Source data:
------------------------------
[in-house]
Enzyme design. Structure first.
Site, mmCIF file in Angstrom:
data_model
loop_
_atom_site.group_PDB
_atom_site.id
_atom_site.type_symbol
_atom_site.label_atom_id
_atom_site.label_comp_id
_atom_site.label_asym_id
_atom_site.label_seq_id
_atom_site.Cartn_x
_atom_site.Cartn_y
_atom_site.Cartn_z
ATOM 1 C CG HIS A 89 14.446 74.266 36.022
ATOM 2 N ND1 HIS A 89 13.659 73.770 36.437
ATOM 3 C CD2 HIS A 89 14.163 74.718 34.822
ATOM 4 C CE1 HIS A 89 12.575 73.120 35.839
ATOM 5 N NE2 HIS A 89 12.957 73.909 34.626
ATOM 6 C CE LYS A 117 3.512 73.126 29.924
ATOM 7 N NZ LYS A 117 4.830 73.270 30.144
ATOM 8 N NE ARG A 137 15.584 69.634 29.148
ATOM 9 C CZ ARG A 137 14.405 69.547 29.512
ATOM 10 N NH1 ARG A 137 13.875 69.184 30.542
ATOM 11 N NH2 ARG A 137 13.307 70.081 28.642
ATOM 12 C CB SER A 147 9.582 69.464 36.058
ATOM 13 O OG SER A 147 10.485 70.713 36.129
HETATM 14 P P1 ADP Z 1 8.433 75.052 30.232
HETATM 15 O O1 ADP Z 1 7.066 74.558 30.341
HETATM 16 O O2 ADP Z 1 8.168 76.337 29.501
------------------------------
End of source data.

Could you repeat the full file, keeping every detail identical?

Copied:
[in-house]
Enzyme design. Structure first.
Site, mmCIF file in Angstrom:
data_model
loop_
_atom_site.group_PDB
_atom_site.id
_atom_site.type_symbol
_atom_site.label_atom_id
_atom_site.label_comp_id
_atom_site.label_asym_id
_atom_site.label_seq_id
_atom_site.Cartn_x
_atom_site.Cartn_y
_atom_site.Cartn_z
ATOM 1 C CG HIS A 89 14.446 74.266 36.022
ATOM 2 N ND1 HIS A 89 13.659 73.770 36.437
ATOM 3 C CD2 HIS A 89 14.163 74.718 34.822
ATOM 4 C CE1 HIS A 89 12.575 73.120 35.839
ATOM 5 N NE2 HIS A 89 12.957 73.909 34.626
ATOM 6 C CE LYS A 117 3.512 73.126 29.924
ATOM 7 N NZ LYS A 117 4.830 73.270 30.144
ATOM 8 N NE ARG A 137 15.584 69.634 29.148
ATOM 9 C CZ ARG A 137 14.405 69.547 29.512
ATOM 10 N NH1 ARG A 137 13.875 69.184 30.542
ATOM 11 N NH2 ARG A 137 13.307 70.081 28.642
ATOM 12 C CB SER A 147 9.582 69.464 36.058
ATOM 13 O OG SER A 147 10.485 70.713 36.129
HETATM 14 P P1 ADP Z 1 8.433 75.052 30.232
HETATM 15 O O1 ADP Z 1 7.066 74.558 30.341
HETATM 16 O O2 ADP Z 1 8.168 76.337 29.501